One of my first articles on Seeking Alpha presented a bullish case on Philip Morris International (NYSE:PM). Since I wrote the piece, the stock has gone up by 11.7% with a strong dividend yield of 4.1%. I turn now to analyzing Altria Group (NYSE:MO) and Reynolds American (NYSE:RAI), which are both exposed to a more intrusive regulatory environment.
For context, Altria Group (MO) spun off PMI in March 2008 largely to allow for a unique geographical focus. PMI targets the markets outside of the United States, which is attractive since the penetration in high-growth emerging markets drives very sustainable free cash flow. Accordingly, much has been said about the regulatory risks that Altria and Reynolds American (RAI) face. After a judge blocked a federal requirement for smoking packages to feature emotionally-charged anti-tobacco graphics, the prospects are suddenly appearing brighter. Fortunately, both firms are committed to not being passive participants in a game of chance and are pushing a marketing agenda to drive demand.
On one side, you have Altria: the marketer of Marlboro, L&M, Virginia Slims, and Next, among others. On the other: Reynolds American, the marketer of Camel, Pall Mall, Grizzly, and Natural American Spirit. Overall, I believe that the Street has relatively downplayed the worth of Altria's brands. Marlboro's original market may be aging, but I do not foresee it losing its appeal as the go-to brand for many first-time smokers. Reynolds American's products are more speculative, in my view, although marketing has done well thus far to mitigate the effects of overall declining industry volumes. In addition, the firm's Santa Fe Natural Tobacco subsidiary has yet to be fully appreciated and could possibly benefit from a spin-off similar to PMI.
From a multiples perspective, Altria also is more undervalued. It trades at a respective 17x and 13x past and forward earnings; Reynolds American trades at a respective 18.1x and 14x past and forward earnings. PMI bests both companies with its PE ratio of 16. But the main reason why cigarette producers are attractive is because of the safety that they offer: low betas coupled with high dividend yields. PMI, Reynold Americans, and Altria have dividend yields of 4.1%, 5.4%, and 5.8%, respectively. All remain committed to aggressive share repurchase programs that will be accretive to EPS and build shareholder value. Altria has approved a $1B share repurchase program, while Reynolds American has approved a $2.5B share repurchase program.
At the third quarter earnings call, Altria's CEO, Mike Szymanczyk
Altria made significant progress in the third quarter on its plans to continue delivering strong returns to shareholders. The company increased its dividends, 7.9%. It completed its previously announced $1 billion share repurchase program. It exceeded its goal of achieving $1.5 billion of cost reductions, and it grew its third quarter adjusted diluted EPS 3.7%. And our consumer products businesses continue to expand their adjusted operating margins...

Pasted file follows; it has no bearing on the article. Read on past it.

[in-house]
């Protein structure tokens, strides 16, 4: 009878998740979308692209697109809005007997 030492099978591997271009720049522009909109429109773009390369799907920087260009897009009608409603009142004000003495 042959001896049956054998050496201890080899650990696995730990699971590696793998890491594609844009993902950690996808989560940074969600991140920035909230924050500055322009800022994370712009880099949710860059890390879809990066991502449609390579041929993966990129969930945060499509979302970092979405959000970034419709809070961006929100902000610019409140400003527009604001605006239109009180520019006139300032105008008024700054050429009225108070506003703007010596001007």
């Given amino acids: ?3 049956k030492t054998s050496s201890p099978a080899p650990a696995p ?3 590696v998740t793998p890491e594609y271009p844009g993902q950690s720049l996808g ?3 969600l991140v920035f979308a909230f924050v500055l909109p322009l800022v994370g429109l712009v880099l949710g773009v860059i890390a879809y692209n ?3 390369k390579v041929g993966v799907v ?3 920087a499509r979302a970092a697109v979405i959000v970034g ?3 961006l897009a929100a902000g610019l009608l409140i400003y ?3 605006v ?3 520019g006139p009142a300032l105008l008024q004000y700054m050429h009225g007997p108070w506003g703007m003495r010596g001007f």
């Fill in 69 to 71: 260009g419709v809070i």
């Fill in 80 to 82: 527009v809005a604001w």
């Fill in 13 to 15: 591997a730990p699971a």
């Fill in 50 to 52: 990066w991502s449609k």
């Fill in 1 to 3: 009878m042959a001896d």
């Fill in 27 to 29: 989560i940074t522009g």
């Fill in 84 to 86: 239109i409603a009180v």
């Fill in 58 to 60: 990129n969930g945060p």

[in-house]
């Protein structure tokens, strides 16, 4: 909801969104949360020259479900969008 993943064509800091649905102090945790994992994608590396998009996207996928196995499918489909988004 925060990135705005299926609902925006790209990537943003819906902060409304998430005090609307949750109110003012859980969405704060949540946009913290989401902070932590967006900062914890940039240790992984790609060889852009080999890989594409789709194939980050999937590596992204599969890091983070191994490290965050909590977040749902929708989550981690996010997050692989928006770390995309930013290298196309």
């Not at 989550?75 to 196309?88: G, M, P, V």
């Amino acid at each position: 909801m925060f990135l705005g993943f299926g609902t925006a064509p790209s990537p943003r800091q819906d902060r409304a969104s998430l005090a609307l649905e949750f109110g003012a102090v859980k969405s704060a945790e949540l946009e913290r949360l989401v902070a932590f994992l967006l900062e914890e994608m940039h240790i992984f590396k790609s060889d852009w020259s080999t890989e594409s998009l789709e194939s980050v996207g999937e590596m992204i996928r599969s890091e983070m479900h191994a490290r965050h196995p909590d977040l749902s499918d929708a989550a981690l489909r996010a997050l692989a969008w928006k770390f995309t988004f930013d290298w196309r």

In the cigarette segment, Philip Morris U.S.A. delivered strong third quarter adjusted operating income margin growth despite difficult comparisons which were impacted by trade inventory depletions in 2011, and strong operating companies income growth in Marlboro retail share performance in 2010. PM U.S.A.'s reported cigarette volume declined 9% for the third quarter as the trade depleted inventories that had been built in the first half of this year.
It is particularly noteworthy that the company has done well despite a rough environment. In fact, over the last 12 months, the stock is up by more than 19.3% while the Dow Jones grew by only 5.6%. The company has been impressive in prevailing against lower volumes by cutting costs and is now proceeding to begin a $400M cost savings program.
Consensus estimates for Altria's EPS are that it will grow by 7.4% to $2.04 in 2011 and then by 7.4% and 6.8% more in the following years. Assuming a 17.5x multiple and a conservative 2012 EPS estimate of $2.12, the rough intrinsic value of the stock is $37.10. This implies a 30.6% margin of safety that comes on top of a 5.8% dividend yield and a beta lower than 0.5.
Consensus estimates for Reynolds American's EPS are that it will grow by 11.6% to $2.78 in 2011 and then by 6.5% and 6.1% more in the following years. Assuming a 17.5x multiple and a conservative 2012 EPS estimate of $2.87, the rough intrinsic value of the stock is $50.23. This implies a 21.7% margin of safety, which does not meet the threshold that I consider to merit calling the firm a value play. Analysts currently rate the stock between a "hold" and a "buy" while its rival receives more of a "buy". PMI receives the highest rating at a near "strong buy".
Disclosure: I have no positions in any stocks mentioned, but may initiate a long position in PM over the next 72 hours.